Smart Transport

Car sharing viable for over half a million in Scotland, says CoMoUK

Lorna Finlayson

Shared transport organisation Collaborative Mobility UK (CoMoUK) analysis estimates that around 634,000 households in Scotland could replace their private vehicle with car sharing.

CoMoUK looked at data from Scotland’s most recent household survey to identify how many could benefit from car sharing and is now urging governments to start funding and promoting more schemes.

Pay-per-trip car clubs, sometimes known as car sharing, allow individuals and businesses to have access to a personal vehicle without being tied to ownership.

The research looked at data to estimate the potential number of households who could give up a first or second household car, if a car club were provided.

Households with certain characteristics (car ownership, car use frequency, driver age and disability) were identified that indicated that they could feasibly switch from owning and using a (first or second) private car to using a combination of public transport, active travel and a car club car when needed.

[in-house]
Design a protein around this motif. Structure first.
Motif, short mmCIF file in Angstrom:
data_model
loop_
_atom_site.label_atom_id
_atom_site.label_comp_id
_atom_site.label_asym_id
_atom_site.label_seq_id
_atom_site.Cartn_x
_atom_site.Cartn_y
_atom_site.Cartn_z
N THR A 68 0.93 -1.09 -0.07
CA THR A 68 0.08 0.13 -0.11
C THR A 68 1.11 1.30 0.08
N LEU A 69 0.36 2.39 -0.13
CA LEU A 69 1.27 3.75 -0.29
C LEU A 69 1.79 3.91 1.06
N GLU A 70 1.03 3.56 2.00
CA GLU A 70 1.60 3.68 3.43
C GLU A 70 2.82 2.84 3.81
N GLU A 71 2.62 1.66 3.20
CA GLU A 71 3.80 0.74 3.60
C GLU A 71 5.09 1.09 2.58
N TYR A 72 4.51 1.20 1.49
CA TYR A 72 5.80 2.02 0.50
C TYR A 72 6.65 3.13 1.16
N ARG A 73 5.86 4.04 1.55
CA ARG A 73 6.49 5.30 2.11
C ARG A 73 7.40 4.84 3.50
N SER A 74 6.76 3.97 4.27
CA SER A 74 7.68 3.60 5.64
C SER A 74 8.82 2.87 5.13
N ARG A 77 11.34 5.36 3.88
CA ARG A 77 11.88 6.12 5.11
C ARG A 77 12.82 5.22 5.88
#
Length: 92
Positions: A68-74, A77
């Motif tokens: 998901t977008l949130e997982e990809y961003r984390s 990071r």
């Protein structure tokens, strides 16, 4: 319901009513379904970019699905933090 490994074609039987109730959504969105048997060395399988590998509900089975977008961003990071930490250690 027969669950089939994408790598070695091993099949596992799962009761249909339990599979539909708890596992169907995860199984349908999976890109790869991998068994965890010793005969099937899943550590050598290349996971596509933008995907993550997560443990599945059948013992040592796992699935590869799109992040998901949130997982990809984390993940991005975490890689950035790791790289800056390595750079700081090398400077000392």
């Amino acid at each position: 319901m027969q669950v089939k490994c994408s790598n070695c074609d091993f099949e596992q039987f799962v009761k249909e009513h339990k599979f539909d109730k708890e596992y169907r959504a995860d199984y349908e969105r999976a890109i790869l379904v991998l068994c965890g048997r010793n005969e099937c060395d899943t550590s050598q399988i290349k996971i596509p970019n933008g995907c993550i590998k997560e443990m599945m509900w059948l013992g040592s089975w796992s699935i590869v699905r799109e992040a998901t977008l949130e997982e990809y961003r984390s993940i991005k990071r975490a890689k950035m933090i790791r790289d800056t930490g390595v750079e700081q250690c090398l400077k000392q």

CoMoUK also said the accumulated carbon savings by households switching to pay-as-you-go car use would be 87,000 tonnes per annum, and it would save families “thousands of pounds” as well.

There are now over 25,000 members of car clubs in Scotland, which is up from 19,872 last year – an increase of 27%.

Lorna Finlayson, Scotland director for CoMoUK, said: “This analysis shows dramatic levels of potential in Scotland.

“Shared transport can help achieve net zero carbon emissions as it enables people to use transport without the need to own it, shifting to services such as car sharing, bike share and shared rides – which have a lower impact on the environment and transport infrastructure.

“With the eyes of the world on Scotland ahead of COP26 in Glasgow, now is the time to seize the opportunity and strive for a cleaner and more sustainable future for our country."

Watch now: Connecting Policy To Solutions Virtual Conference 2021

Smart Transport Conference returned on June 8th & 9th, to facilitate pivotal discussions on the future of transport. 

The UK’s most senior public and private sector transport leaders discussed the impact of Covid-19, achieving the Government’s decarbonisation ambitions, the need for more efficient living and better health, and much more.

Kwasi Kwarteng, secretary of state at the Department for Business, Energy and Industrial Strategy (BEIS), who spoke on BEIS's approach to decarbonising transport, particularly the electrification of the vehicle industry. Watch his presentation below:

 



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